Gareth Bacon is the Conservative regeneration spokesman on the London Assembly.

Despite the size of the capital, London is in essence a market town. Ever since the establishment of Leadenhall market by the Romans almost two-thousand years ago, London has had a booming market industry. Markets are a boon to the city as they provide jobs to local people and add to the cultural heritage of a neighbourhood. In addition, our most famous markets are magnets for tourists and key attractions for visitors to the capital. All in all, London’s markets contribute significantly its ongoing economic and cultural success.

But many of London’s street markets are in real danger. The rise of shopping centres, poor council investment decisions and planning regimes that do not promote the expansion of markets all serve to undermine these vital components of the economy. Whereas most privately-run or -owned markets are booming, in this business environment many of those run by local councils are struggling.

Research in my recent report, Market Stalled, indicates that since 2008, while 15 new private sector markets have been created in London, there has been a net loss of three council-run markets. This means that, even though some new local authority markets had been created (four), seven had closed over that same period.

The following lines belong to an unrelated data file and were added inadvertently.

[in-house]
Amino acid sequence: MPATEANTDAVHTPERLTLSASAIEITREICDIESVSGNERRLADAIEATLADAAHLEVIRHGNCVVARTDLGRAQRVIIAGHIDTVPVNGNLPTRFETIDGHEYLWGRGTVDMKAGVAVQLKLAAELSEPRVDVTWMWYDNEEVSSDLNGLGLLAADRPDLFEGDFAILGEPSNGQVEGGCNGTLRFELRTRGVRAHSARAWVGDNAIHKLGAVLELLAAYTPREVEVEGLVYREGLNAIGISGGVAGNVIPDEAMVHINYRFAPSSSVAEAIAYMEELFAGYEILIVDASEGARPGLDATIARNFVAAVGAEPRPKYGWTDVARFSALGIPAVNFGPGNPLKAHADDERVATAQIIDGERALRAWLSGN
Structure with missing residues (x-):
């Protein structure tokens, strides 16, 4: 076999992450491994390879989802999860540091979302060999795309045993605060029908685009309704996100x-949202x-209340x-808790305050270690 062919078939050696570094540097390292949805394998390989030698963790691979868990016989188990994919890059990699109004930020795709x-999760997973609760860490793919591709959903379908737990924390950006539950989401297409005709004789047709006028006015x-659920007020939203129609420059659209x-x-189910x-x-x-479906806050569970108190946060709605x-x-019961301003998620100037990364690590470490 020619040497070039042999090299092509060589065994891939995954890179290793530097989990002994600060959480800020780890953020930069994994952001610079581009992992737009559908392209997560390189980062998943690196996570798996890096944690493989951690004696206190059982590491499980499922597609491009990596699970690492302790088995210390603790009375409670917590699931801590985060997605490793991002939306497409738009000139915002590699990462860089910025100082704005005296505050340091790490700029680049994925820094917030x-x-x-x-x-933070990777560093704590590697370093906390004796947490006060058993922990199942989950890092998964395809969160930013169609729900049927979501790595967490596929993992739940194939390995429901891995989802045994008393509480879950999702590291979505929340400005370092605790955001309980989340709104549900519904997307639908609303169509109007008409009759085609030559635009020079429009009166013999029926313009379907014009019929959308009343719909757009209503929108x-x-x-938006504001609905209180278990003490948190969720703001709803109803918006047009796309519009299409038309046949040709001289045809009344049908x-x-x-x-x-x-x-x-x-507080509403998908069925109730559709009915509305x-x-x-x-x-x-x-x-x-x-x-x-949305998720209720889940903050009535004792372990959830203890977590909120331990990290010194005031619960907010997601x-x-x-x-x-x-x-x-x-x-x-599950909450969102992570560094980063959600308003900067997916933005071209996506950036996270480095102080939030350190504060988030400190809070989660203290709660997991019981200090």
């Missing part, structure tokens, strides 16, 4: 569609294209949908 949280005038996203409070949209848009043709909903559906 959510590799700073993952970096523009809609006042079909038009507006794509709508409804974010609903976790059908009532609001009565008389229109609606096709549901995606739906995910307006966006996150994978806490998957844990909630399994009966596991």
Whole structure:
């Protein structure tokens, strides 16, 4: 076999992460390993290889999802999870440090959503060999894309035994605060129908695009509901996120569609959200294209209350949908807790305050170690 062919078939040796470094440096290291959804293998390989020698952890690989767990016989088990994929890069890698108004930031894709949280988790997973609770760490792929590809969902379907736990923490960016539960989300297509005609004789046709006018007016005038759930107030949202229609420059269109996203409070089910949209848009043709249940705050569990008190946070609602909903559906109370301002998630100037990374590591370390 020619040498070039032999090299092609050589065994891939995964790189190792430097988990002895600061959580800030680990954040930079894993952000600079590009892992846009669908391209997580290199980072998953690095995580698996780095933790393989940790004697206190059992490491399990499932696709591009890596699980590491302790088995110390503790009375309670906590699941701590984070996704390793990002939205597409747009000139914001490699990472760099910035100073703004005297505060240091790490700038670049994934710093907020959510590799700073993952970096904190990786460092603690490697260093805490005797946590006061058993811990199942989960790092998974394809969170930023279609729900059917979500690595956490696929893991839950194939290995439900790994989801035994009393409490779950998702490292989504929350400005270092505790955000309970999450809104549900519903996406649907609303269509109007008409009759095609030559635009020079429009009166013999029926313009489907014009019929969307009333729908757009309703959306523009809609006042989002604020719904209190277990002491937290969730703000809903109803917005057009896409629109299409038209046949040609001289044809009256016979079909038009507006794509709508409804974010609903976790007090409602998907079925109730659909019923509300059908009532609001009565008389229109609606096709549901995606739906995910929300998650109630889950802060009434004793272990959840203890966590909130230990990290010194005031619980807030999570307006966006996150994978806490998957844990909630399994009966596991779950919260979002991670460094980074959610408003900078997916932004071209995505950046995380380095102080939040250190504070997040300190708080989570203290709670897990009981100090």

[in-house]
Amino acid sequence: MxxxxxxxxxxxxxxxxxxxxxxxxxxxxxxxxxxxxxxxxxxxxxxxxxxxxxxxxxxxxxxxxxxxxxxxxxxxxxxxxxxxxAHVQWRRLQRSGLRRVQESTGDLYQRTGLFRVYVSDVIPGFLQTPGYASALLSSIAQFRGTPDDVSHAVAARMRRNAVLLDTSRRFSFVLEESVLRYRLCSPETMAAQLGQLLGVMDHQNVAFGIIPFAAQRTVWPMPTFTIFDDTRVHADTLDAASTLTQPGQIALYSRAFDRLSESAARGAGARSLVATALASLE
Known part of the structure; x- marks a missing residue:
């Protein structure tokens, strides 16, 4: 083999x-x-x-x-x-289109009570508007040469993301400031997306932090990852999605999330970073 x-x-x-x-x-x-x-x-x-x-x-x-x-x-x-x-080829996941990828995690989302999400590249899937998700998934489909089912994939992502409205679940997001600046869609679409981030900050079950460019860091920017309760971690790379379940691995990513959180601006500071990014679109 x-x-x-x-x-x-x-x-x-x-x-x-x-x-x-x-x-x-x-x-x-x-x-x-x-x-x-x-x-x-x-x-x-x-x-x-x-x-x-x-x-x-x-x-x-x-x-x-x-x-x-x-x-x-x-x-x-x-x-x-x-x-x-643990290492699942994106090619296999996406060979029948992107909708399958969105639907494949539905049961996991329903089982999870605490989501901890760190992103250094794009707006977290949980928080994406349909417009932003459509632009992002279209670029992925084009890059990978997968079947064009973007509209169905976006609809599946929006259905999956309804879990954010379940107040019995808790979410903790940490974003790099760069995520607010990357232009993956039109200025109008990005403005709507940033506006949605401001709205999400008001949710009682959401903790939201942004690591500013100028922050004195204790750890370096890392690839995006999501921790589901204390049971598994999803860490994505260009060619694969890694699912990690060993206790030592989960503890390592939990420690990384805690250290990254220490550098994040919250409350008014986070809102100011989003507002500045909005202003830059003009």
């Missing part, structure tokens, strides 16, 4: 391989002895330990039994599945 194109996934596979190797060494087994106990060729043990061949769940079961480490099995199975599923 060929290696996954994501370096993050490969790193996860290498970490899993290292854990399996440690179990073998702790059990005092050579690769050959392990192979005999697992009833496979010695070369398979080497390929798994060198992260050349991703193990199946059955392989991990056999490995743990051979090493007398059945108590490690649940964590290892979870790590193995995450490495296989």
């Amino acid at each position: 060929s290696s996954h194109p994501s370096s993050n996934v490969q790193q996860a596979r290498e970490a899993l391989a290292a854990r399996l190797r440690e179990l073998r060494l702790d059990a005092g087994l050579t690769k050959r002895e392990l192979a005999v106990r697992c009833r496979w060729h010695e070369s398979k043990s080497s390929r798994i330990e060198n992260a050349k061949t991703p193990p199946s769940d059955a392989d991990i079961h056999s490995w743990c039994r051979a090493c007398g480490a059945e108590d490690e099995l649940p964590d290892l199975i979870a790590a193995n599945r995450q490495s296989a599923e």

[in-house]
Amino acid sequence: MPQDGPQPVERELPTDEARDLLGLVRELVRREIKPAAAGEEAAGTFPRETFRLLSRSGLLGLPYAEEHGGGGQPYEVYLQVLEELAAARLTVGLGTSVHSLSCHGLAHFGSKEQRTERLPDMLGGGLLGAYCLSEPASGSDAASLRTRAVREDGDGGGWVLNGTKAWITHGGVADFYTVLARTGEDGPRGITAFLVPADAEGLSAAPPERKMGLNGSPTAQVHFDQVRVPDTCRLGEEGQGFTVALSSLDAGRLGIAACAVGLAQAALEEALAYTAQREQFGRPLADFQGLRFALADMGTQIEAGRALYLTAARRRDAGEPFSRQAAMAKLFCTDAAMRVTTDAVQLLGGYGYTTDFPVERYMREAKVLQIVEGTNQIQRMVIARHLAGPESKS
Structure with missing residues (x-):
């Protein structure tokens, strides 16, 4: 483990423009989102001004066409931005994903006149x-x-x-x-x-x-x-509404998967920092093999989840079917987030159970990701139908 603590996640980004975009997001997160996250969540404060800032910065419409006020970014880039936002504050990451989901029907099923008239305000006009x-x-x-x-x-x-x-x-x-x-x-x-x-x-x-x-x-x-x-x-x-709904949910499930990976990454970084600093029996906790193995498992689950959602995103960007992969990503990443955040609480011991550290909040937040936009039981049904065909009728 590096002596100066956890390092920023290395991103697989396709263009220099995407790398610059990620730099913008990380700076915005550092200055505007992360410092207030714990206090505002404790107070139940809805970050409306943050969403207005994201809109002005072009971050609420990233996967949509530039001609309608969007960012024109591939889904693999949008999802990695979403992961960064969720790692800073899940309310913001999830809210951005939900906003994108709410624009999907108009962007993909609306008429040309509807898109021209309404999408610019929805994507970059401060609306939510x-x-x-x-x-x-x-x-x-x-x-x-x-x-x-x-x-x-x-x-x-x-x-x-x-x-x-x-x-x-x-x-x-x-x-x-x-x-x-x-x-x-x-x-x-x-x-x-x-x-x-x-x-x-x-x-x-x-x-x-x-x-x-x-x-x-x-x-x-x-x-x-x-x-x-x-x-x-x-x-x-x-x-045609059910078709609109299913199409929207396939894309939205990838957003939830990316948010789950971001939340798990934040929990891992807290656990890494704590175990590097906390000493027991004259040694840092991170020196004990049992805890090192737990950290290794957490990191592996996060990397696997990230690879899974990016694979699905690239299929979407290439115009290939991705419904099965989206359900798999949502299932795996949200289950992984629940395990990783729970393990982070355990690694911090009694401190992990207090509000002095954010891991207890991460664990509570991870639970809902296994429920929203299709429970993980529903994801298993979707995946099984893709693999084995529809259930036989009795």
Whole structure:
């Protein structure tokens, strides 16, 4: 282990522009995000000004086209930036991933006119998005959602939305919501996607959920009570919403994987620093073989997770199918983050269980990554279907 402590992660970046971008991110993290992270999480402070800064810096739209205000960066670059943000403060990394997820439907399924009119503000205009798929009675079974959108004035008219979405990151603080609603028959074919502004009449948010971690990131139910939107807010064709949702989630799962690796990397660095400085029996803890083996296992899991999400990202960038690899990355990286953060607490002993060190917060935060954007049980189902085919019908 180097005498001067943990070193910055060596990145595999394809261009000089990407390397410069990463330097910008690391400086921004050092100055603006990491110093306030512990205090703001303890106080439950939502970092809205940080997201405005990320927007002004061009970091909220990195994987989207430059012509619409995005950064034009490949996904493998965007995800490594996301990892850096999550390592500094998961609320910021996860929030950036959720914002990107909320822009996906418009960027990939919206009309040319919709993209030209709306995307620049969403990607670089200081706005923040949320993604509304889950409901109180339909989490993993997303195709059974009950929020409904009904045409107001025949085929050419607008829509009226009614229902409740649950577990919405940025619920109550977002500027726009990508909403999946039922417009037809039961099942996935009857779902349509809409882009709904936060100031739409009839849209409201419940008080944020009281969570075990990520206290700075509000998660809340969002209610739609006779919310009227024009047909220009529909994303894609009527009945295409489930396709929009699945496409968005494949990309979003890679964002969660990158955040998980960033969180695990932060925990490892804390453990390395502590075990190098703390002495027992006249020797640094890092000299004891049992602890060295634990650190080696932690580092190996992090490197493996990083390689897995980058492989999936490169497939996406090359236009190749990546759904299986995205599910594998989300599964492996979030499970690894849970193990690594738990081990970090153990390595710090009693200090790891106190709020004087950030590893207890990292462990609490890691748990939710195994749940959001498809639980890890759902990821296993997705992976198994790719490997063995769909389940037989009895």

The reasons for this decline, which can largely be left at the door of maladroit councils, are likely to persist in the long-run unless urgent action is taken. Research by my office has estimated that, over the next 18 years, one in five of all council-run markets in London will shut up shop for good. This would be disastrous for the local customers that rely on these markets for their daily shop, would put thousands of market traders out of the job and would have deeply a damaging impact on the local economies of the areas in which the markets were situated.

Because of this, it is vital that the Mayor of London and London boroughs work together and step in to save our markets from extinction. By intervening and preventing their closure, these markets would continue to generate an average of £44 million per annum for the capital and £792 million over the 18-year period. When taking into consideration the wider economic benefit to local businesses and communities, these markets would also continue to generate an average of £1.4 billion for London.

In order for London’s markets to thrive and fully realise their economic and social potential, they must first be relieved of the bureaucratic constraints imposed on them by local councils. This will only happen once the traders themselves are placed in the driving seat.

Privatisation of London’s markets, either in the form of trader buy-out or external firms bidding to manage them with trader participation, is essential for their long-term survival. It is critical that markets are given the tools they need to succeed, and by attracting external investment and empowering market traders to decide the direction their own markets, boroughs would ensure that struggling markets are able to turn themselves around. Given that the threat of closure is very often a product of local authority mismanagement, continuing under council control is simply not an option.

London’s street markets must be nurtured if they and the local people they serve are to prosper. Privatising them and putting the traders in charge would guarantee that these valuable economic, cultural and social assets will not only survive, but thrive.

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